By 2016, it was impossible not to declare it a non-performing asset (NPA) and ICICI Bank, finally, filed for resolution under the bankruptcy law, claiming total liabilities of Rs27,400 crore. A forensic audit by Ernst & Young LLP (E&Y) was ordered only in 2019 after which the State Bank of India (SBI) claims to have obtained evidence of fraud, misappropriation, diversion of funds and criminal breach of trust. Remember, as many as 28 entities had lent to ABG Shipyard enabling it to divert funds through 98 subsidiaries and related concerns and enriching the founder. Although SBI filed a complaint in 2019, CBI registered a case only in February 2022.
 
The detailed assessment, running into several hundred pages, prior to the CDR, threw up many red flags. For starters, ABG Shipyard had exhausted its borrowing capacity in 2011 itself. The total loans outstanding in 2013 were Rs7,403 crore to 28 banks, institutional lenders and finance companies. ICICI Bank, it turns out, was ABG Shipyard’s biggest backer with an exposure of Rs2,076 crore, followed by IDBI Bank with Rs1,075 crore, SBI with Rs 686 crore and EXIM Bank with Rs413 crore.
 
The 2013 documents show that funds had already been diverted to set up ABG Shipyard Singapore Pte and Varada Global Pte Ltd (VGPL). VGPL was entirely held by Rishi Agarwal and had, in turn, spawned layers of subsidiaries and inter-connected companies as shown in the table below. 
 
 
For instance, as part of the CDR, the company was to liquidate Rs187.8 crore diverted to set up ABG Shipyard Pte in three months. It had claimed that this money was fully recoverable; but that did not happen. It had also accepted that it overstated purchases to the tune of Rs100 crore in a proceeding before the income-tax (I-T) settlement commission. While these red flags were duly noted, the lenders’ consortium went ahead and allowed the CDR.
 
This attitude was not limited to ABG Shipyard but was true of all large NPAs of that time. An academic study has noted that the Reserve Bank of India’s  (RBI) ‘lax regulatory policy’ between 2008 and 2015 allowed bad loans to be hidden, led to the emergence of what are called ‘zombie firms’ to avoid proper classification of bad loans and, consequently, poor provisioning by banks (https://indianeconomy.columbia.edu/sites/ default/files/content/201903-Chari%20et%20al-Bank%20Reg.pdf).
 
The consequence of hiding the rot (even accounting for exaggerated interest claims by banks) is that ICICI Bank approached the bankruptcy court as the lead bank, with a claim of Rs27,400 crore as dues to banks, the government, employees and operational creditors.
 
Please note that the forensic audit by E&Y was ordered only two years later, in 2019. Meanwhile, with CBI and ED filing separate complaints and charges in connection with each group entity and challenging the resolution process with claims of money laundering, all that we have is endless litigation and no solution. The workers continue to agitate for their dues and are not paid. The Welspun group, which paid Rs790 crore to acquire assets as part of the resolution process, has the ED challenging the sale as recently as in February 2023. CBI has filed a case against a subsidiary company, PFS Shipping, for causing a wrongful loss of Rs163.8 crore. Meanwhile, ED also claims to have attached Rs2,748 crore of assets which will remain in limbo.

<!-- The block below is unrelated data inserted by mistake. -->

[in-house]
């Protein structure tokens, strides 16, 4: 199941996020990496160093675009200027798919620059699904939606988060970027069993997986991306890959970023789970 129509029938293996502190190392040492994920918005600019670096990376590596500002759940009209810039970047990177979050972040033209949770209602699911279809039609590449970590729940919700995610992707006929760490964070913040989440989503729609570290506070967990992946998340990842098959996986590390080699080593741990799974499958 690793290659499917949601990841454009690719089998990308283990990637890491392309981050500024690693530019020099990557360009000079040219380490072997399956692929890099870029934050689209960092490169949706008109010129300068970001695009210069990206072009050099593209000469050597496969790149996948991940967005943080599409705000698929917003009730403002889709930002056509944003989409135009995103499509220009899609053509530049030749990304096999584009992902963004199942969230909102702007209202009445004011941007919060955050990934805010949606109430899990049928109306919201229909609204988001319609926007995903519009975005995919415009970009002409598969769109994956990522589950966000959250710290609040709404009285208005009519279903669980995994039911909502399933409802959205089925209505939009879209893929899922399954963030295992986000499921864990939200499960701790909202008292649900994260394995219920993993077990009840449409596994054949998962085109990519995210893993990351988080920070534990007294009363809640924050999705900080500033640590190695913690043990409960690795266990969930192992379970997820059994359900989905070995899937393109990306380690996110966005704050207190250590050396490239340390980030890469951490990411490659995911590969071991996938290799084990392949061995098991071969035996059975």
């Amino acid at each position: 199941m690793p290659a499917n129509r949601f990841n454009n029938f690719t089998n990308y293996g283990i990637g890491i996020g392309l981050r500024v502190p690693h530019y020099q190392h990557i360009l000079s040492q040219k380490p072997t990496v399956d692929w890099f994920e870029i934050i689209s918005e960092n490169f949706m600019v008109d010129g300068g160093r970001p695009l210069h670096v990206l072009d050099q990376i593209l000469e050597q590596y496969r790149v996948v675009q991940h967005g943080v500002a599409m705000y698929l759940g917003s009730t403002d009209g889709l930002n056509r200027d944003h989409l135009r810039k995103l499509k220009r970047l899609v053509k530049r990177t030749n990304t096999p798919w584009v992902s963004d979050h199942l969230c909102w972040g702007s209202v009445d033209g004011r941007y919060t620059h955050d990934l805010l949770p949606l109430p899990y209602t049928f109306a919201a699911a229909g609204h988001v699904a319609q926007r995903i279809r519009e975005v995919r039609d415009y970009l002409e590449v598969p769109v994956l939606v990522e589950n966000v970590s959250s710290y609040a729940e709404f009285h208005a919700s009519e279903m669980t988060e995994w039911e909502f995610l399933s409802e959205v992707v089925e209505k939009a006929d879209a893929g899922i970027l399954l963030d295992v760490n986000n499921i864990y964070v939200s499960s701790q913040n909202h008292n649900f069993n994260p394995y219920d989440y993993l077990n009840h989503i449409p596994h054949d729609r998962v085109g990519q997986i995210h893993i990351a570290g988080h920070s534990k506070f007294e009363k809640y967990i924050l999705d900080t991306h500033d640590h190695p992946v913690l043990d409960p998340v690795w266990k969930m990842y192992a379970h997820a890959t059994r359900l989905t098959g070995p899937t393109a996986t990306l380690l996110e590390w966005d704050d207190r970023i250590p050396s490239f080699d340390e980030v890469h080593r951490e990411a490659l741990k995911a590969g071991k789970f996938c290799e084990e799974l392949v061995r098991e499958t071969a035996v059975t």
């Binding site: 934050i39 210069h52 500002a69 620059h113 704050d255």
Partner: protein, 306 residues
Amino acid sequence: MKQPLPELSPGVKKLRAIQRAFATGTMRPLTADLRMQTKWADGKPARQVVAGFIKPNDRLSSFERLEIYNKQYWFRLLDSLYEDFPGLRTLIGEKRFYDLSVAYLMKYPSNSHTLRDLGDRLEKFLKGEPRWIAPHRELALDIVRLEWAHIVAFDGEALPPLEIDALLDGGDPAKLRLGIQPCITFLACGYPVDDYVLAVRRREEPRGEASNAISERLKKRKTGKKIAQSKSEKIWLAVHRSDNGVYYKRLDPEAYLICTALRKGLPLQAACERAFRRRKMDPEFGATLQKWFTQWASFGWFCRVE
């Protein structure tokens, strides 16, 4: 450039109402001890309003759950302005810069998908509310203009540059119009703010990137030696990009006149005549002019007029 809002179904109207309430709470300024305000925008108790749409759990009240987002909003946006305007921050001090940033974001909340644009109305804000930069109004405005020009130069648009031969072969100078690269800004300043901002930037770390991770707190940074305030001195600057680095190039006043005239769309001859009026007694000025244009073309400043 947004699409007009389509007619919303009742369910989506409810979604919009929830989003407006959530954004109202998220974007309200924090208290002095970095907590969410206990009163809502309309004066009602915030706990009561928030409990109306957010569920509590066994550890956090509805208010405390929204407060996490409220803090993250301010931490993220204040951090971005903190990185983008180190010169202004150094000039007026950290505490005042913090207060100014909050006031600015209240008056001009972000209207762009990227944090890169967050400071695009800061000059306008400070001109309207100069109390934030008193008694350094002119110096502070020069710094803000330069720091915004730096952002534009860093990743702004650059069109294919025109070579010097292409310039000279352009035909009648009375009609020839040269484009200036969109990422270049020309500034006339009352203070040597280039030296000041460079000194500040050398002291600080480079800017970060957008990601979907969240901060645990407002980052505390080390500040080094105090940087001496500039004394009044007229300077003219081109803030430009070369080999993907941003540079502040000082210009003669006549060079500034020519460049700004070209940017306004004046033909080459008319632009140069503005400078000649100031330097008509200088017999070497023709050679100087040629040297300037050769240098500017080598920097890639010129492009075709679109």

Wasn’t the ‘game-changer’ bankruptcy legislation supposed to address all of this? Unless there is an urgent amendment that fixes issues, we may continue to see fresh raids and newer complaints for tiny recoveries, followed by a rash of litigation and conflicting claims from defaulters, potential buyers, enforcement agencies and creditors, that will continue for the next decade or so, with negligible recoveries but massive litigation bills for all.
 
Everybody expected the new bankruptcy law to address issues related to bank loans. Instead, the resolution process has thrown up its own set of complex and long-term issues. Any root-cause analysis of the gigantic bad loans will take us straight to the corrupt nexus between borrowers and banks, mainly public sector banks (arm-twisted by politicians), which has left them with no collateral against the lakhs of crores of public money given out which had to be substantially written off.
 
Comments
pramodpatil1950
4 months ago
I agree with you in many respects, excepting dissatisfaction against the IBC. It is well known that the IBC came into effect from Dec 2016. What were the weapons used against corporate default? The first one was Sick Industrial Companies Act, 1985, which was a joke. It provided for restructuring facility under Board for Industrial and Financial Restructuring (BIFR), a quasi-judicial body. Once a company was admitted to BIFR no legal action was possible. So the hearings continued endlessly and the process was marred with prolonged indecision. Then came Debt Recovery Tribunals, which also didn’t provide grounds for expeditious recovery as the judicial process was also time consuming. In the first decade of the current century, Corporate Debt Restructuring (CDR) and SARFAESI were introduced, which afforded some improvement. However, these also involved temptation to prolong restructuring just continue standard asset status in CDR system and in the latter, SARFAESI, Banks had no means and expertise to manage assets and business of the defaulting compan, taken over by them. In 2004 itself the NDA government visualised setting up of NCLT and IBC. But they lost power and the successor UPA government, for the reasons best known to them, continued with totally inefficient BIFR system.